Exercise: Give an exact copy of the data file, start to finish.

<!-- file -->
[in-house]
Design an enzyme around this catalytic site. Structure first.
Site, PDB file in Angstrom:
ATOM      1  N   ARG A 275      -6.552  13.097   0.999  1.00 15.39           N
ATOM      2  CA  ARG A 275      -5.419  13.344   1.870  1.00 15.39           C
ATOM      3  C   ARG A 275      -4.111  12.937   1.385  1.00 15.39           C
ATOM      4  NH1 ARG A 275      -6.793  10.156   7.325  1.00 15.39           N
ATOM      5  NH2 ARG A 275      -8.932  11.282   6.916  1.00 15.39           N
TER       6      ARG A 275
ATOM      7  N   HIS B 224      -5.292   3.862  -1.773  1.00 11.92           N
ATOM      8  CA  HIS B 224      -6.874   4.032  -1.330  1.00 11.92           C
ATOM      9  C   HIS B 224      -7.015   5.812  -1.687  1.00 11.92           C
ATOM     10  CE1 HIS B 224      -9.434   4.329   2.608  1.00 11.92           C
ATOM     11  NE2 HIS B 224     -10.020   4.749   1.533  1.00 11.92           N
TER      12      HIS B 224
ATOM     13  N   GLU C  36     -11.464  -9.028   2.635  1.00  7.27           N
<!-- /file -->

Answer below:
[in-house]
Design an enzyme around this catalytic site. Structure first.
Site, PDB file in Angstrom:
ATOM      1  N   ARG A 275      -6.552  13.097   0.999  1.00 15.39           N
ATOM      2  CA  ARG A 275      -5.419  13.344   1.870  1.00 15.39           C
ATOM      3  C   ARG A 275      -4.111  12.937   1.385  1.00 15.39           C
ATOM      4  NH1 ARG A 275      -6.793  10.156   7.325  1.00 15.39           N
ATOM      5  NH2 ARG A 275      -8.932  11.282   6.916  1.00 15.39           N
TER       6      ARG A 275
ATOM      7  N   HIS B 224      -5.292   3.862  -1.773  1.00 11.92           N
ATOM      8  CA  HIS B 224      -6.874   4.032  -1.330  1.00 11.92           C
ATOM      9  C   HIS B 224      -7.015   5.812  -1.687  1.00 11.92           C
ATOM     10  CE1 HIS B 224      -9.434   4.329   2.608  1.00 11.92           C
ATOM     11  NE2 HIS B 224     -10.020   4.749   1.533  1.00 11.92           N
TER      12      HIS B 224
ATOM     13  N   GLU C  36     -11.464  -9.028   2.635  1.00  7.27           N